"They’re polar opposites of each other in almost every single way. What brothers at this age don’t 'hate' each other?” This is how Dave describes his sons. Blaine and Bryce Tate are two boys that couldn’t be any different from one another. Imagine Blaine: 12-years old, non-athletic, quiet, introverted, calm, playful, and autistic. Imagine Bryce: 10-years old, athletic, loud, extroverted, busy, competitive, and neurotypical.

Now, place both boys in one room, under one roof.

You’ve guessed right—within minutes personal space is invaded, items are confiscated, tempers rise, and feelings are hurt. Give them a few more minutes together and now tears, aggravation, and pain are part of every action.

Does this snapshot describe the relationship between your kids, students, or clients? If your answer is YES, this article will serve as a starting place to elicit healthy behavior and camaraderie between familial combatants.

With a little planning and personalization, Blaine and Bryce exercise, play, take turns, and follow directions within a gym setting—two brothers who otherwise would have nothing to do with each other. Regardless of ability, skill set or sensitivities, they come together. As Dave describes the gym as an equalizer, “it doesn’t matter who you are, what you’re going through, and how strong you are, when you’re in the gym all that bullshit disappears,” why not take this opportunity as a parent, teacher, or trainer  to use this (with a little planning and personalization) to your advantage?


In the planning phase, rather than focusing on the differences between Blaine and Bryce to guide the planning process, I instead fixated on what they shared in common. Therefore, the overarching question was, “What are the boys trying to 'gain' from this experience?” By asking this question, I discovered four components to incorporate within their program: fun, challenge, attention, and originality. These components were brainstormed as a 10-12-year old and then articulated by me. Therefore, fun would have to motivate both boys to do anything strenuous or out of their comfort zone. The challenging aspect would fulfill Bryce's competitiveness, yet still be perceived as play for Blaine. Both boys would need personal attention throughout and know that each mattered through praise, choice, and redirection. Lastly, this hour had to be new and different in some way than what they've experienced before.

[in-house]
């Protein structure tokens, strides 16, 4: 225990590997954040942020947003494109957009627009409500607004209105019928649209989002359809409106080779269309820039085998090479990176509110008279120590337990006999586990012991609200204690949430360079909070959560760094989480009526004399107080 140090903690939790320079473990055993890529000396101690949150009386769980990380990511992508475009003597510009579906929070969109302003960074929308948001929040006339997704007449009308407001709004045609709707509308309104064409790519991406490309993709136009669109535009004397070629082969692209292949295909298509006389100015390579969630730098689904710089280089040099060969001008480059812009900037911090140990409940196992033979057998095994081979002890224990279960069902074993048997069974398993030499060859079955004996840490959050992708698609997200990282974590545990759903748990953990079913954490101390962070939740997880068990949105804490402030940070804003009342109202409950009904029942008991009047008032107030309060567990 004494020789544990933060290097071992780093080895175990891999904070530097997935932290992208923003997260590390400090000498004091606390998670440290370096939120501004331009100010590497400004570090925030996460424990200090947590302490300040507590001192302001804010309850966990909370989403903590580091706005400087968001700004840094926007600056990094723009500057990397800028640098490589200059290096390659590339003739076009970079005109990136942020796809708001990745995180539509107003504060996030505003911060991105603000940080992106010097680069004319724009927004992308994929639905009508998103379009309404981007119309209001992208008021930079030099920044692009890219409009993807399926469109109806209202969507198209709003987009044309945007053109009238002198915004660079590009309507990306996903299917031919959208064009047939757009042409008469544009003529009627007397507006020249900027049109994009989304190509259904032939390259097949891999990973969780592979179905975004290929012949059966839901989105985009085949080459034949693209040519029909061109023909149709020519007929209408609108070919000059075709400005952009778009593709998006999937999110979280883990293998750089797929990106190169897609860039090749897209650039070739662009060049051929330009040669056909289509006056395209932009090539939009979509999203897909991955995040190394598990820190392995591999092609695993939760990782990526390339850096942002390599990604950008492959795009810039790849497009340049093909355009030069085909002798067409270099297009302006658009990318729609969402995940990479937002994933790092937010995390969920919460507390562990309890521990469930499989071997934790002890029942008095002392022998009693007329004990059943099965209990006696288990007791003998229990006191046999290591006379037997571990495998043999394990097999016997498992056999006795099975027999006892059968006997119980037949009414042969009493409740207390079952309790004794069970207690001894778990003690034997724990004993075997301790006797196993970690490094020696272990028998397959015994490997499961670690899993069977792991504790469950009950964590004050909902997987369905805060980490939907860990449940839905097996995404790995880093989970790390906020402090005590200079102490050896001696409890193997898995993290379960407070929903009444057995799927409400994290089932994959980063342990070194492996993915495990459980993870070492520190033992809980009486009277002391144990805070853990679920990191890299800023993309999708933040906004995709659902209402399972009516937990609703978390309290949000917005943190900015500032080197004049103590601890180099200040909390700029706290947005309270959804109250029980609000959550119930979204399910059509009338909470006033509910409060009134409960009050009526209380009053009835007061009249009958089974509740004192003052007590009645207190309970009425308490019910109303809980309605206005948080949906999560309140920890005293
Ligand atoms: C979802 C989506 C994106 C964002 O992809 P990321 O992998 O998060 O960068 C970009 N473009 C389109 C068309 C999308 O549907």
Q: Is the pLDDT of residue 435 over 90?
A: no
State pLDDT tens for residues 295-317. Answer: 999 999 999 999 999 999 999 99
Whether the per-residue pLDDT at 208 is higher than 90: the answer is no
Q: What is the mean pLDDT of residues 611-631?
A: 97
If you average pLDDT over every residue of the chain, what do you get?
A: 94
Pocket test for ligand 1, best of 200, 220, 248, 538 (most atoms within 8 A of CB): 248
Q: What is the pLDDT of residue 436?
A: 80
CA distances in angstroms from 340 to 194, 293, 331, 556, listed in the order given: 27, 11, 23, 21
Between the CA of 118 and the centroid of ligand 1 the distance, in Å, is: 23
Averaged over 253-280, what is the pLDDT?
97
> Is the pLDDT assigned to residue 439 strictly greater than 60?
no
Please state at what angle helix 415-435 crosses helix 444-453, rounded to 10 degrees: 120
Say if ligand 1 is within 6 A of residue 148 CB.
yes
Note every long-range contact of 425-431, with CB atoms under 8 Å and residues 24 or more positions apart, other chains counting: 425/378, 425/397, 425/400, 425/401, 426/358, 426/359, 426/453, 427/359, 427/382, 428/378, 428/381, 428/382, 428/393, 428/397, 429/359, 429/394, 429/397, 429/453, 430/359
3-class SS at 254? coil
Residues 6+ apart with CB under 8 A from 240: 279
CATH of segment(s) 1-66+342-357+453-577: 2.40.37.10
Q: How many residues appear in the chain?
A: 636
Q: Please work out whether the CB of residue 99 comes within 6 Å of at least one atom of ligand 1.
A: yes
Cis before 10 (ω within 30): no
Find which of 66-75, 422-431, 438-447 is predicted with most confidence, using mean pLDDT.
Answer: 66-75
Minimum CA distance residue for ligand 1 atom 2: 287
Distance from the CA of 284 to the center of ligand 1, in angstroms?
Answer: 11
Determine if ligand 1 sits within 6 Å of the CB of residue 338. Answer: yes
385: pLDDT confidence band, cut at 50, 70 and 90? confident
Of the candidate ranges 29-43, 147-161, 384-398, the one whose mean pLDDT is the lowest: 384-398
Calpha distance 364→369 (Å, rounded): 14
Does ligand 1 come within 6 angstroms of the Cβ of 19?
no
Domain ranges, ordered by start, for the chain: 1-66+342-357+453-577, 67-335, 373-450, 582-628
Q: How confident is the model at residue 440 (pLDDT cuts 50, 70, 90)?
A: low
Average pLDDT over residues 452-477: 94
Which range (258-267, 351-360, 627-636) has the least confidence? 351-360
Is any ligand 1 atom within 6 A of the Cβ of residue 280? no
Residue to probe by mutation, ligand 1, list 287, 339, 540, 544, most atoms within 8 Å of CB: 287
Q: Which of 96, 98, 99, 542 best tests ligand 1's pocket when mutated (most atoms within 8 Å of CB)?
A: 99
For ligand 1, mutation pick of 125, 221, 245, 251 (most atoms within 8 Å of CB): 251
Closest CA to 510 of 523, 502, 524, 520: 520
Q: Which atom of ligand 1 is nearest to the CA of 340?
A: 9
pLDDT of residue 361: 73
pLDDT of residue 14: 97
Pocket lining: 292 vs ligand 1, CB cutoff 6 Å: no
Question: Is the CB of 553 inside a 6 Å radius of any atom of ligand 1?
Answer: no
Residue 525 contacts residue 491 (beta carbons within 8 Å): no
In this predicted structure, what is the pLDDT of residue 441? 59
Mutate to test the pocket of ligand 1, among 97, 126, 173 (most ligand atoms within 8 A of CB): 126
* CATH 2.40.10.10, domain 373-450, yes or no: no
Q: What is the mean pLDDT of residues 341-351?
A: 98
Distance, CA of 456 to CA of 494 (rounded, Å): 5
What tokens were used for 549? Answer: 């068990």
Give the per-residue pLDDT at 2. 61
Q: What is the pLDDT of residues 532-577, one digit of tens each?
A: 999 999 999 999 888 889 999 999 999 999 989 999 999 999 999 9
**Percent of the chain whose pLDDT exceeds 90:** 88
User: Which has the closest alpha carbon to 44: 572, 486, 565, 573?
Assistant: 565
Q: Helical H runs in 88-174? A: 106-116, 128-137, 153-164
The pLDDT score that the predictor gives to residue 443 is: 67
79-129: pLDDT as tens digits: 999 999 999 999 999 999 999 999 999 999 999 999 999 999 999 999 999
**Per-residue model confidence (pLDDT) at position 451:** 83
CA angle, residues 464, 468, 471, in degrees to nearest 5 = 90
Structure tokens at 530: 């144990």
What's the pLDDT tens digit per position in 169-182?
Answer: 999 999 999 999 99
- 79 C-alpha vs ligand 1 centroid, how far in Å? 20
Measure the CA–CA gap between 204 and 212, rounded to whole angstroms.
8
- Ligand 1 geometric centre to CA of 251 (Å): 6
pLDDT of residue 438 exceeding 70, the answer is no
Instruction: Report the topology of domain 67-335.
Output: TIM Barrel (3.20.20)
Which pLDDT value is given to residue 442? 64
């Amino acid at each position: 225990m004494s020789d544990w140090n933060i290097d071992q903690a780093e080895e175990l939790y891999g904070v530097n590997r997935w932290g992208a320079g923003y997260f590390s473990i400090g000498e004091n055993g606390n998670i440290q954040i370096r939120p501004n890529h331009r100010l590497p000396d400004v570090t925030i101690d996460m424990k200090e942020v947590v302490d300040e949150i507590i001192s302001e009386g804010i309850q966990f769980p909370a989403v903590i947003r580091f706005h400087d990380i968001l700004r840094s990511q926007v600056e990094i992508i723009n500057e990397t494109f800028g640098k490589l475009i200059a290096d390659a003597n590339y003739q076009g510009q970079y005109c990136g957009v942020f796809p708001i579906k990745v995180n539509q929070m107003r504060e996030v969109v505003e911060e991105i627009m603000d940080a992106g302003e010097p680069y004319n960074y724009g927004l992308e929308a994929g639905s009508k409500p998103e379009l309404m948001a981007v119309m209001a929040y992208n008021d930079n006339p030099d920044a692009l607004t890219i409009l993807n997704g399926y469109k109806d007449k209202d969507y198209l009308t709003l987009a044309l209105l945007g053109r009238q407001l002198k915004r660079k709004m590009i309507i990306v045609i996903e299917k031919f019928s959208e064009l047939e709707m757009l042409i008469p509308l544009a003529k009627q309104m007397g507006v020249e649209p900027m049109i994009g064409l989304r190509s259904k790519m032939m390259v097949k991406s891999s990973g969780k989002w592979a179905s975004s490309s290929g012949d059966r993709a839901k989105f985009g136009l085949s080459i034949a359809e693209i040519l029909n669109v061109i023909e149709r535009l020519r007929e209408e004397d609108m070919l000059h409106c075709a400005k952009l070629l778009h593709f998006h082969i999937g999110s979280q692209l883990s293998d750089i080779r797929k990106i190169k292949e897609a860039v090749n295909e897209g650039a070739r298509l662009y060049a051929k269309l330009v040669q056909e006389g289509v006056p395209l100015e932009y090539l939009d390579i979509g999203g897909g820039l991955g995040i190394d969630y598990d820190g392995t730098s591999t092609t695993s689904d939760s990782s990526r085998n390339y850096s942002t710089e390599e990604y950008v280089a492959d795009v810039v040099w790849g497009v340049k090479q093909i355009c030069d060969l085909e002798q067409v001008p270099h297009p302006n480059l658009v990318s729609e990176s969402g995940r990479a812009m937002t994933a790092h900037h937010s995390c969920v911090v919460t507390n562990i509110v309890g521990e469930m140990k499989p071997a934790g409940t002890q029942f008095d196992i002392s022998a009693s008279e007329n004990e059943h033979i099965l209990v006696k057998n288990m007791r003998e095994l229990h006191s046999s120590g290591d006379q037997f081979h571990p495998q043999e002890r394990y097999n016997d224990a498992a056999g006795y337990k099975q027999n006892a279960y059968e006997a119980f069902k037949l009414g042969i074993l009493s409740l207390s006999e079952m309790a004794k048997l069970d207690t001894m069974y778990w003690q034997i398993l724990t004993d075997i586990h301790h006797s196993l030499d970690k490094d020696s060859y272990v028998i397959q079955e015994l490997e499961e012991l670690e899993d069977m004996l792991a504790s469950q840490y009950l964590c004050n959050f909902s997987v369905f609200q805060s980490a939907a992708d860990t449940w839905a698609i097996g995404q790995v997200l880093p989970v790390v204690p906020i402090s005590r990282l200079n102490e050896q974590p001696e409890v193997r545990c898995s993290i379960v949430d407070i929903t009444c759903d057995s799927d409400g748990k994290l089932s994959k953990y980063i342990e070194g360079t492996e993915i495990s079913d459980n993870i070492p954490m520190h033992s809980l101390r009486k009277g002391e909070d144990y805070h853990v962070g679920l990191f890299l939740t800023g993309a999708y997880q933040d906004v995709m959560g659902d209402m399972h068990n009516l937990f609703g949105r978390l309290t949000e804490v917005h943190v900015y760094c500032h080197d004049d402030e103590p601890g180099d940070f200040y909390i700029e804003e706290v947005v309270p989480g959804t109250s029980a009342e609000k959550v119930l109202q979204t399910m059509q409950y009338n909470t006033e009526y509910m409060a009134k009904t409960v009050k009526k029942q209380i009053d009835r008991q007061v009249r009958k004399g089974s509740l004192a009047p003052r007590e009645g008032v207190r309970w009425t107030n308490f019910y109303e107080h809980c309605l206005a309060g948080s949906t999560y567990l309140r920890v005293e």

The next step was to create a plan that was fun, challenging, attentive, and new. My first move in this process was to pick and choose everything I wanted Blaine to accomplish, based on his progress or lack of progress from the week prior. It’s important to mention that these exercises/games were organized in the format Blaine was familiar with. As mentioned in a previous article, when introducing something new—in this case, adding Bryce to the equation—I always balance it with experiences that are familiar and attainable.


Once I assured that Blaine felt like he was in a stable and familiar environment with similar demands, I then considered how I could tweak each exercise, if need be, by slightly changing position, adding weight, or increasing reps to challenge Bryce and meet his needs.

With the bulk of the schedule outlined (what we’d accomplish), my second move was to incorporate the elements of fun, challenge, and originality (the how). In this case, “the how” would serve as the vehicle that would allow Blaine and Bryce to move from point A to point B with a flow and without distraction, fighting, or unexpected detour. In other words, they’d be too concerned with this element that they wouldn’t have the chance to go for each other’s throats.


I prepared as many plastic Easter eggs as there were exercises/transitions. One egg was placed at each exercise/transition location pinpointed by the schedule. Inside each egg contained two folded post-it notes—a blue note for Blaine and an orange note for Bryce. As an example, an egg was placed on the incline bench’s ankle pad because “Incline Bench Sit-ups x 10 reps *Find Egg” was written on the schedule. After reading, “Find Egg” they’d race to its location, find the egg, pick it up, and then hand it to me. In order to open the egg (by taking turns), they both had to complete the prescribed exercise and rep range by modeling correct form. Again taking turns post-exercise, Blaine or Bryce would open the egg and each would collect their color-coded note, unfold it, and read it. One word or a phrase was written on each note.

Once the schedule read “Combine Easter Egg Post-its” they could arrange their collection of post-its to form the message I had written them. Each message would be personalized and give them directions to create something of their own (a game, exercise, or obstacle course) using specific gym equipment.